Ms. Markmann also testified regarding two of defendant's Illinois Department of Labor applications for registration with the State, *fn2 which it had filed with the Department in 1979 and 1982. These applications, as required by law, she explained, set forth defendant's guarantee policy. The guarantee policy, as stated in the 1979 application, was a 30-day guarantee that provided if the employee was terminated within that time, the fee would be refunded within 24 hours. On its 1982 application, she further testified, the defendant's guarantee policy was described simply as an unconditional guarantee. Markmann also stated that employment agencies that must register with the Department are required to offer a certain minimum amount money-back guarantee.

In its case the defendant presented its president, Douglas Dawson, who testified that the term "unconditional guarantee," by both his own and the industry definition, meant merely replacement, not refund, and he said that he never had nor would he ever promise a cash refund to plaintiff or anyone else. Dawson also testified that before 1982 the defendant was more of an employment agency and, hence, was required to register with the Department of Labor and only as part of those requirements did it offer a refund guarantee. In addition, the defendant presented Mr. Leslie Vaughn, who was the president of his own executive search firm. Mr. Vaughn testified that in the industry "unconditional guarantee" normally means that if the employee doesn't last 30 days, the firm will replace the employee free of charge, or will offer a credit towards a future placement. He stated that it is not customary to refund fees. On cross-examination, however, Mr. Vaughn admitted that he had formerly been employed by the defendant and that he had also signed the defendant's 1982 Department of Labor application for registration in his capacity as the secretary of the defendant's corporation.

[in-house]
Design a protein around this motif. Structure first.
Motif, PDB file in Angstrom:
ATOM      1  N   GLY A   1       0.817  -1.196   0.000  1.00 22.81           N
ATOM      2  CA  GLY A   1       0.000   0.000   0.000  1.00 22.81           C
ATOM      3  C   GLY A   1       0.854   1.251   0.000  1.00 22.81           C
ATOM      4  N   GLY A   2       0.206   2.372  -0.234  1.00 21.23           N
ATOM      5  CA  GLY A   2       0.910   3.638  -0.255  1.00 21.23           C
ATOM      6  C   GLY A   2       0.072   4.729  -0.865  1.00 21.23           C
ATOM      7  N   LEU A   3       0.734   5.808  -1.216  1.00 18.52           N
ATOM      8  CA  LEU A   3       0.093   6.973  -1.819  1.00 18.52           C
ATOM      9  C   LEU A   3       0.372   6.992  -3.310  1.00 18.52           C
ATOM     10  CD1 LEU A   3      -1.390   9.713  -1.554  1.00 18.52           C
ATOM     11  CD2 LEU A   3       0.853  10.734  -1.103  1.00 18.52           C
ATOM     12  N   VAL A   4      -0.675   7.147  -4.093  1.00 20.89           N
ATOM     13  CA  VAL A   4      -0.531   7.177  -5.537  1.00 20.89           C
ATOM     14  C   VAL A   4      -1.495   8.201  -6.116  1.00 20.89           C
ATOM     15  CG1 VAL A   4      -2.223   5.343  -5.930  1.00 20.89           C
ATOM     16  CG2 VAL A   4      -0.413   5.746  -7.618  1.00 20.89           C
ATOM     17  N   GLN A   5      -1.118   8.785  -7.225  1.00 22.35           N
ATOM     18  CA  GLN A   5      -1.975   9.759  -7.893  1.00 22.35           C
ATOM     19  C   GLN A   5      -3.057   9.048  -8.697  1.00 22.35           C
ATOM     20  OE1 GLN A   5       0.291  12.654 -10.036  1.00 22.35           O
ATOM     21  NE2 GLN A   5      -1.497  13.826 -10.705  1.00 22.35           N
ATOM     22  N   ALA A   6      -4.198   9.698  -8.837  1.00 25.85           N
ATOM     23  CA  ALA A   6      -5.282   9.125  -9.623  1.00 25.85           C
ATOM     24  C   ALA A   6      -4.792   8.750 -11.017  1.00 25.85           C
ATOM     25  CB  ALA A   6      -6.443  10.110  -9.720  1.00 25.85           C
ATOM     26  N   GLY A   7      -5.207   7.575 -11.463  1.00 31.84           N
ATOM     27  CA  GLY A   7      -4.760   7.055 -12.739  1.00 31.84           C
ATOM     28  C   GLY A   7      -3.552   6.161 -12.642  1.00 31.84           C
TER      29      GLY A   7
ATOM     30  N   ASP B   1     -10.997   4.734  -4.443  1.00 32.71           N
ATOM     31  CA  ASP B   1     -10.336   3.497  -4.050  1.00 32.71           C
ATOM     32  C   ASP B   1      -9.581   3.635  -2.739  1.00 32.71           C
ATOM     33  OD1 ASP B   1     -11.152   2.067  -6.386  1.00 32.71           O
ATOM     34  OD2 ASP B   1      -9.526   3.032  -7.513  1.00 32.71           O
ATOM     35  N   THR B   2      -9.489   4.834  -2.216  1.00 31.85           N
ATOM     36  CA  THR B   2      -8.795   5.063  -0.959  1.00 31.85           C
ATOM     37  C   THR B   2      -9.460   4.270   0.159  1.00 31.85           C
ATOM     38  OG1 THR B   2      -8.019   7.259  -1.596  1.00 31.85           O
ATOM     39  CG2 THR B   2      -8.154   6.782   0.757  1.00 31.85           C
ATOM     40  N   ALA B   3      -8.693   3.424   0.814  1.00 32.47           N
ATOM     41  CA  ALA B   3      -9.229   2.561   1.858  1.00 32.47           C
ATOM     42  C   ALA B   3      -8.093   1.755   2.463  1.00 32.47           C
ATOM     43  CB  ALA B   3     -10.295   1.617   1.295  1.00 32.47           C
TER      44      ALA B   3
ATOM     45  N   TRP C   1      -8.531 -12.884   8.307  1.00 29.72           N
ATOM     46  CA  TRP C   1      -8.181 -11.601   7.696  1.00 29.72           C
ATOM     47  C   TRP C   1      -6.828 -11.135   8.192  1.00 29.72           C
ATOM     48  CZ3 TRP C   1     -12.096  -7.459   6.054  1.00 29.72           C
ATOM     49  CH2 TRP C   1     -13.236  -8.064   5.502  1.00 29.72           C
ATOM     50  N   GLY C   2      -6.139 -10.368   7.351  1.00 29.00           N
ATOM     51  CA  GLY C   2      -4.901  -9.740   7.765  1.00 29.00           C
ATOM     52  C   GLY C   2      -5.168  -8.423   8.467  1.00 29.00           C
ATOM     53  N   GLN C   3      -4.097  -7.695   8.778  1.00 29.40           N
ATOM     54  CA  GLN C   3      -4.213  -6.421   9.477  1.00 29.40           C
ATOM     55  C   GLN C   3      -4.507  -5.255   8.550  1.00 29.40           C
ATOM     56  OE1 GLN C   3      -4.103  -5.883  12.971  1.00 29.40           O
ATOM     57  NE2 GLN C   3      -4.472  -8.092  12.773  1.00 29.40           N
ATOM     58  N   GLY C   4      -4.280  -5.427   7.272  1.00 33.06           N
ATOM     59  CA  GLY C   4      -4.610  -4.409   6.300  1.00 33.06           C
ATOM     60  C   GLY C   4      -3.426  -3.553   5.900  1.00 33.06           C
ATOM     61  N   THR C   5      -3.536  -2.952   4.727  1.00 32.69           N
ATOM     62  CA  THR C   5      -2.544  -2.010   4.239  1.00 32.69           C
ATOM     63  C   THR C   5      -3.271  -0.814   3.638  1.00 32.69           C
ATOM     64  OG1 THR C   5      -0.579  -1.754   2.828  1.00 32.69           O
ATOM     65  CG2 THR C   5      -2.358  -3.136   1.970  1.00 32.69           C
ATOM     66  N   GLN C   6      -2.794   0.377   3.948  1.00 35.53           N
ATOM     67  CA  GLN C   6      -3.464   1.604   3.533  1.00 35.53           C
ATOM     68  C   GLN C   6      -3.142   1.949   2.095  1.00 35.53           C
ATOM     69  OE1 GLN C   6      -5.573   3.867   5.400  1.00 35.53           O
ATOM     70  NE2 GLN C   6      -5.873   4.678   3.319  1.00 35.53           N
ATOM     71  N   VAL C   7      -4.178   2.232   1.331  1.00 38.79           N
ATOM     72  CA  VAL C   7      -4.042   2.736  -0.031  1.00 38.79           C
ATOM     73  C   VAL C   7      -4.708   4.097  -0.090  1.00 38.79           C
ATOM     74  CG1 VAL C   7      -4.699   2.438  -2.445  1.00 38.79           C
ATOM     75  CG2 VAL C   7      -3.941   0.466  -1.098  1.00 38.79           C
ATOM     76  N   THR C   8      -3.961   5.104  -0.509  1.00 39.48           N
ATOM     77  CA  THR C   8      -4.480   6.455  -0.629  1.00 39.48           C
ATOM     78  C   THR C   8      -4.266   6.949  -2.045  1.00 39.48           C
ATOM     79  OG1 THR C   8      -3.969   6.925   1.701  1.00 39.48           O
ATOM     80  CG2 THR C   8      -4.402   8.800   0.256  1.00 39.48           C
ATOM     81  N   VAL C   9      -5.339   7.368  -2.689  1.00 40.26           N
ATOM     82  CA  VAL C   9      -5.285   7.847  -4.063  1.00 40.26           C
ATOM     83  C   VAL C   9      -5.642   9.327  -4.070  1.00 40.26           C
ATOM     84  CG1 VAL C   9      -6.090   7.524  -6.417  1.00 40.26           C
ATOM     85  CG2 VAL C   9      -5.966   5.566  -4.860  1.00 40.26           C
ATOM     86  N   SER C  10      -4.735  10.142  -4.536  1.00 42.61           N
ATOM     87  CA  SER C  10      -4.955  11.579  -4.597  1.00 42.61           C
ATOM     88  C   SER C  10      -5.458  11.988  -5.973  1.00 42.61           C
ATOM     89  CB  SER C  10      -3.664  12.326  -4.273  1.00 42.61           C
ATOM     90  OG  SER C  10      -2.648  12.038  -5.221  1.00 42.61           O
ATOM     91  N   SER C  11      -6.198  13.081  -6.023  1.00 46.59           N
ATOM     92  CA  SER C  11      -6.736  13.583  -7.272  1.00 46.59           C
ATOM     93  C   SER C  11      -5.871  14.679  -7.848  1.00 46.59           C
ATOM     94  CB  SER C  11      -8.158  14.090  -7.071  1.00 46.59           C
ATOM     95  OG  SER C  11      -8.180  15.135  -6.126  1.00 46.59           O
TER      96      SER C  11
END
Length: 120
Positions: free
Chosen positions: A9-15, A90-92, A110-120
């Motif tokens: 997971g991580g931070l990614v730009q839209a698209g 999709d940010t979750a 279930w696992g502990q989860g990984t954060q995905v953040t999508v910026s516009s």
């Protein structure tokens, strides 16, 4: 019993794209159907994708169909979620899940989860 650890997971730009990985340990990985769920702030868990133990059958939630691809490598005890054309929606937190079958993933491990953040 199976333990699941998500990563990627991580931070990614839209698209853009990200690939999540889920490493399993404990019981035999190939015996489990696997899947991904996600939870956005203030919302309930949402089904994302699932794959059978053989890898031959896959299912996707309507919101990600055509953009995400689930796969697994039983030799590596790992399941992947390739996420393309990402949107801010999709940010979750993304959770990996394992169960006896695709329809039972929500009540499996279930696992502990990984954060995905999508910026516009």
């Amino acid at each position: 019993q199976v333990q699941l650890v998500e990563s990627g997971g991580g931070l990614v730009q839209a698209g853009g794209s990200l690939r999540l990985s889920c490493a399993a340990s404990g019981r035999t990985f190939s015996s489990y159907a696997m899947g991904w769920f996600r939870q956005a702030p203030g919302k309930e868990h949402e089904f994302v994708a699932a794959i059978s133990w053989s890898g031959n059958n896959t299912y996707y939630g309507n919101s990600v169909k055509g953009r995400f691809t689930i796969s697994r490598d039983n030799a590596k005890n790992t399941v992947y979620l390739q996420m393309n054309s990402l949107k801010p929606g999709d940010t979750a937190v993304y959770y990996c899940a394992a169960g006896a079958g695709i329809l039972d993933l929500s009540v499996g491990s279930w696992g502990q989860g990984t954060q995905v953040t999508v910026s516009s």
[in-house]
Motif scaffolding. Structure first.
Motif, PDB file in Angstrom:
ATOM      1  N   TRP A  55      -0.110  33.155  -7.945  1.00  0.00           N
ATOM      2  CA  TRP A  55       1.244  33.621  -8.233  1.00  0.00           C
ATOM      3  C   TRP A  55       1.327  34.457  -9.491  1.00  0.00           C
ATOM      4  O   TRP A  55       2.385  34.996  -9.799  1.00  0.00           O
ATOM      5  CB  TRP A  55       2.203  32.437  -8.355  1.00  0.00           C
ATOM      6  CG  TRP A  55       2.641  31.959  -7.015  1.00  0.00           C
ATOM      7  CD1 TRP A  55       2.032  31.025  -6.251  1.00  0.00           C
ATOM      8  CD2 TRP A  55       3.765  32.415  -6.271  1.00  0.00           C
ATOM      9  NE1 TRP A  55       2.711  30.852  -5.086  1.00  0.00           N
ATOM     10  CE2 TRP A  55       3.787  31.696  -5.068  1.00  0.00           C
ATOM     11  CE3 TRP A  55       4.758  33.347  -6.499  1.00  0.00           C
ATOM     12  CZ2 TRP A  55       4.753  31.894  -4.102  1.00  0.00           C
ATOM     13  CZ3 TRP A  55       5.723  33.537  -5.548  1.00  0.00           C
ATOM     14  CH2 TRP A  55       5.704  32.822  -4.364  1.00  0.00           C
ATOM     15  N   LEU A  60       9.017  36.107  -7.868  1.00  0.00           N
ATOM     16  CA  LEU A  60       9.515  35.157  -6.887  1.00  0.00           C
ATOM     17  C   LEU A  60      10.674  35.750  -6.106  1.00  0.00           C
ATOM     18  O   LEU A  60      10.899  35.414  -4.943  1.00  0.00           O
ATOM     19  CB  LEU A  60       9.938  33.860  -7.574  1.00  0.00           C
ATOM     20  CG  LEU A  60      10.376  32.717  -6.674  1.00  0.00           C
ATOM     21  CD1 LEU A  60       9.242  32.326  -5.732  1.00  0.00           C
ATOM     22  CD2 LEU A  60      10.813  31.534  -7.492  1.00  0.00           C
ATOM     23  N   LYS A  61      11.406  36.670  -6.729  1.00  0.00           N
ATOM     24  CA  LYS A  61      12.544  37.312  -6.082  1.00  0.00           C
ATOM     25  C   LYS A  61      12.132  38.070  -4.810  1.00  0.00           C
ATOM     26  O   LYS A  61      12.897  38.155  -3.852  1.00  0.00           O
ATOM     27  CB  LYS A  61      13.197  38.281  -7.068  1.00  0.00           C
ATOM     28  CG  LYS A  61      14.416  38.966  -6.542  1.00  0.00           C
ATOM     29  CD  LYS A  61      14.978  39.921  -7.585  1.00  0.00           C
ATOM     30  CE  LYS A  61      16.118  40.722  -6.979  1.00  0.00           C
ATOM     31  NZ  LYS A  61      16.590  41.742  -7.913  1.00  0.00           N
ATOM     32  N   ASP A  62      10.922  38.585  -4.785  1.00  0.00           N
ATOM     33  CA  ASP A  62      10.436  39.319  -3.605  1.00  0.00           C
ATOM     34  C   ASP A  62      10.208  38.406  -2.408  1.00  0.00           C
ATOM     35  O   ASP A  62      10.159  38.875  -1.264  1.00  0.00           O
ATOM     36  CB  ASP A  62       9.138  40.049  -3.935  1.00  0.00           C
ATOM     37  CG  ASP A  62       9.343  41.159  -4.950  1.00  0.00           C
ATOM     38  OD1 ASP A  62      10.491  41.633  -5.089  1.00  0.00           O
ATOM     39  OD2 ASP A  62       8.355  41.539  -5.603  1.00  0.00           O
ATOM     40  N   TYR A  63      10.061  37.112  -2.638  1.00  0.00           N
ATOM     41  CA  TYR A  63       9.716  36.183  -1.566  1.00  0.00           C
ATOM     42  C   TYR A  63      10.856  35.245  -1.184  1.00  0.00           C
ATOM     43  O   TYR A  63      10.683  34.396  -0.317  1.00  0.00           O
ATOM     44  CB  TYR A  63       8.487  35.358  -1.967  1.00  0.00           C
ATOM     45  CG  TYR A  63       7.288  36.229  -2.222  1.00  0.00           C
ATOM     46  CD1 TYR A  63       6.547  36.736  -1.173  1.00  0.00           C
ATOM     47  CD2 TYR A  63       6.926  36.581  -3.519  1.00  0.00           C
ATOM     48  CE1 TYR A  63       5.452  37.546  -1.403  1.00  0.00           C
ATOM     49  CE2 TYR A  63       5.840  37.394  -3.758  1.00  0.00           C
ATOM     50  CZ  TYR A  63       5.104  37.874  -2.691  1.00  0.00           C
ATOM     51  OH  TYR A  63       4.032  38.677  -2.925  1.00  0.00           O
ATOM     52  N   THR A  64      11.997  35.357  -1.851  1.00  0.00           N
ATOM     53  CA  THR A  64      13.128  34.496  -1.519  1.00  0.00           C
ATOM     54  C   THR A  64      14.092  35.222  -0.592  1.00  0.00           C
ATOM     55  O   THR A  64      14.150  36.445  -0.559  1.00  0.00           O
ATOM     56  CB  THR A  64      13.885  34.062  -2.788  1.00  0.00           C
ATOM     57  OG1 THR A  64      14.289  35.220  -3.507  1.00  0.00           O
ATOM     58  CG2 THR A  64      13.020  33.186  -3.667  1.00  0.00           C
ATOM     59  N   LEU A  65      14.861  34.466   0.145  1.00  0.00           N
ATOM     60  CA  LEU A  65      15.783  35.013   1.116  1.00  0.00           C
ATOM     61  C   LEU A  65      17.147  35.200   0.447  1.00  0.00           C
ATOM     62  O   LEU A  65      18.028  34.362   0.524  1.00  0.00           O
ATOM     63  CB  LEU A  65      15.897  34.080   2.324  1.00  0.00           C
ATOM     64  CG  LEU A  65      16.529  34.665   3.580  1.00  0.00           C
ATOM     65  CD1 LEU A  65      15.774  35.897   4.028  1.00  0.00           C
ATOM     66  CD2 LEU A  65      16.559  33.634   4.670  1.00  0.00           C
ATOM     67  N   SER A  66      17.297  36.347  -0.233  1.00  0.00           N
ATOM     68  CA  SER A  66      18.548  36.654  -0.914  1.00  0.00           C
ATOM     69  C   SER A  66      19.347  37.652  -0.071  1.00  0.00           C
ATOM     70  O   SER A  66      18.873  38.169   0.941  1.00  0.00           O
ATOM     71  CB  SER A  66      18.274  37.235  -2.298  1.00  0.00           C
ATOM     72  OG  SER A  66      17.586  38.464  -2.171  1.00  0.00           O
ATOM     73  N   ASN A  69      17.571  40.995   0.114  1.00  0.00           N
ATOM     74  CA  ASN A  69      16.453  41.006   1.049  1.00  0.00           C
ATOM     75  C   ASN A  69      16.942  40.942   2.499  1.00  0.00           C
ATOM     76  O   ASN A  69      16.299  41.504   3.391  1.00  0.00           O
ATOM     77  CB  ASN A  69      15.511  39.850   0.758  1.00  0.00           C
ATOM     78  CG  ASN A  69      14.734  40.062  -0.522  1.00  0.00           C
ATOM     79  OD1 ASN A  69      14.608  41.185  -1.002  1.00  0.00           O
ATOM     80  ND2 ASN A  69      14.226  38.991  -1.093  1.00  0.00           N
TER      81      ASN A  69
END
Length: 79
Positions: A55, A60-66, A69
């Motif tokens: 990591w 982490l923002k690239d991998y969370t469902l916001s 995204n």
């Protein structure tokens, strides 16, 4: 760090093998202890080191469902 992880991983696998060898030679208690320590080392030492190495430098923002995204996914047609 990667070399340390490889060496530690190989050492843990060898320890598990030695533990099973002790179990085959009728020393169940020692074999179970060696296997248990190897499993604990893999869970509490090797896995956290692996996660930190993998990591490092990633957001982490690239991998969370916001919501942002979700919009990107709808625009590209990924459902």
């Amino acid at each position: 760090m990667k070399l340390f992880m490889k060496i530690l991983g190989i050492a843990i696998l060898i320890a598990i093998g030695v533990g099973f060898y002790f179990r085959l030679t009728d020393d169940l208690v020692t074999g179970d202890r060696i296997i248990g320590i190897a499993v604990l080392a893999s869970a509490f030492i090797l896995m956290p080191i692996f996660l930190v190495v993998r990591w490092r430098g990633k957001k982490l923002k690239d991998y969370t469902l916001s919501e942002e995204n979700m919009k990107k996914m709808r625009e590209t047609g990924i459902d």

Finally, the defense presented Anderson Richardson, who was the defendant's engineering department manager at the time of Vogel's hiring. Richardson testified that John Culkeen had worked in defendant's engineering department and that Culkeen was the employee who had negotiated the arrangement with plaintiff. Richardson stated that Culkeen came to him for approval of the extended, 60-day guarantee with plaintiff and that he had approved the extension. Richardson stated that "unconditional guarantee" meant replacement, not refund, and that neither he, nor anyone he was aware of, offered plaintiff a cash refund.

After the close of this evidence, the trial court heard closing arguments and found that the express terms of the contract controlled over custom and usage and that the contract terms here were to be given their generally accepted meaning. The court ruled that the agreement, i.e., the defendant's unconditional guarantee, in its opinion, was clearly intended to mean a return of the fee paid and, consequently, entered judgment for the plaintiff. The court also noted that it had found that the credibility of the plaintiff's witnesses outweighed the credibility of the defense witnesses, that the defendant's employees had merely "danced around" the issue of what the policy meant and what they told the plaintiff it meant, and that the plaintiff's witnesses were more straightforward, and, thus, more believable. The court, however, as noted earlier, denied the plaintiff's request for attorney fees under section 2-611 of the Code of Civil Procedure. See Ill. Rev. Stat. 1987, ch. 110, par. 2-611.